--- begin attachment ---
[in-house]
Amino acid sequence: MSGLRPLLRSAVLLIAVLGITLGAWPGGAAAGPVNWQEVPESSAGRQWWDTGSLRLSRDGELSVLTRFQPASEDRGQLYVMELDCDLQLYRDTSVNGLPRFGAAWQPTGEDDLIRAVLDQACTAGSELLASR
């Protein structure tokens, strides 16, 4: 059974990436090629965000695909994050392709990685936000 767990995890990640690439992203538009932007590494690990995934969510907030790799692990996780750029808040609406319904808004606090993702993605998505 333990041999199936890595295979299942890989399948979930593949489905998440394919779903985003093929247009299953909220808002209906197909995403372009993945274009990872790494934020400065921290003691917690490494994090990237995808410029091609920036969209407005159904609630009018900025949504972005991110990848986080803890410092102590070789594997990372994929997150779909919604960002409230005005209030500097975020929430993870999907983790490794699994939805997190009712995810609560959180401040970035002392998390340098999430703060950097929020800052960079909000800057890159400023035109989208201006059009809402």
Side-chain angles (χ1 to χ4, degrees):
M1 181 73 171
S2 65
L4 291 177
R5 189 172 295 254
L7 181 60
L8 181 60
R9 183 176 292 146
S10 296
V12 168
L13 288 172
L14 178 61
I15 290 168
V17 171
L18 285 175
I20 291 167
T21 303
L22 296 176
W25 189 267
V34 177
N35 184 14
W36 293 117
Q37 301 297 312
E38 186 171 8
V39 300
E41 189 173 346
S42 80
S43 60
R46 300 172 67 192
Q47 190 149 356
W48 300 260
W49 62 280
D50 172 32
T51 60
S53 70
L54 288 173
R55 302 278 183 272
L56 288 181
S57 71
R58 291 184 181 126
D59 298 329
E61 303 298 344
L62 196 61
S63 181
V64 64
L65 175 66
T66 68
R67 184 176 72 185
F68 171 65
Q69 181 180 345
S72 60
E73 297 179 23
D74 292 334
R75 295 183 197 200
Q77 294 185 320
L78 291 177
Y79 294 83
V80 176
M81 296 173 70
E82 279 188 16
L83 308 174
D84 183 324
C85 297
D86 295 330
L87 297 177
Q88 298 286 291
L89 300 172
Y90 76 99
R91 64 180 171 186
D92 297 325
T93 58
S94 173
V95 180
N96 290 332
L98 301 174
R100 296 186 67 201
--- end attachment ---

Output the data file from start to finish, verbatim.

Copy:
[in-house]
Amino acid sequence: MSGLRPLLRSAVLLIAVLGITLGAWPGGAAAGPVNWQEVPESSAGRQWWDTGSLRLSRDGELSVLTRFQPASEDRGQLYVMELDCDLQLYRDTSVNGLPRFGAAWQPTGEDDLIRAVLDQACTAGSELLASR
């Protein structure tokens, strides 16, 4: 059974990436090629965000695909994050392709990685936000 767990995890990640690439992203538009932007590494690990995934969510907030790799692990996780750029808040609406319904808004606090993702993605998505 333990041999199936890595295979299942890989399948979930593949489905998440394919779903985003093929247009299953909220808002209906197909995403372009993945274009990872790494934020400065921290003691917690490494994090990237995808410029091609920036969209407005159904609630009018900025949504972005991110990848986080803890410092102590070789594997990372994929997150779909919604960002409230005005209030500097975020929430993870999907983790490794699994939805997190009712995810609560959180401040970035002392998390340098999430703060950097929020800052960079909000800057890159400023035109989208201006059009809402």
Side-chain angles (χ1 to χ4, degrees):
M1 181 73 171
S2 65
L4 291 177
R5 189 172 295 254
L7 181 60
L8 181 60
R9 183 176 292 146
S10 296
V12 168
L13 288 172
L14 178 61
I15 290 168
V17 171
L18 285 175
I20 291 167
T21 303
L22 296 176
W25 189 267
V34 177
N35 184 14
W36 293 117
Q37 301 297 312
E38 186 171 8
V39 300
E41 189 173 346
S42 80
S43 60
R46 300 172 67 192
Q47 190 149 356
W48 300 260
W49 62 280
D50 172 32
T51 60
S53 70
L54 288 173
R55 302 278 183 272
L56 288 181
S57 71
R58 291 184 181 126
D59 298 329
E61 303 298 344
L62 196 61
S63 181
V64 64
L65 175 66
T66 68
R67 184 176 72 185
F68 171 65
Q69 181 180 345
S72 60
E73 297 179 23
D74 292 334
R75 295 183 197 200
Q77 294 185 320
L78 291 177
Y79 294 83
V80 176
M81 296 173 70
E82 279 188 16
L83 308 174
D84 183 324
C85 297
D86 295 330
L87 297 177
Q88 298 286 291
L89 300 172
Y90 76 99
R91 64 180 171 186
D92 297 325
T93 58
S94 173
V95 180
N96 290 332
L98 301 174
R100 296 186 67 201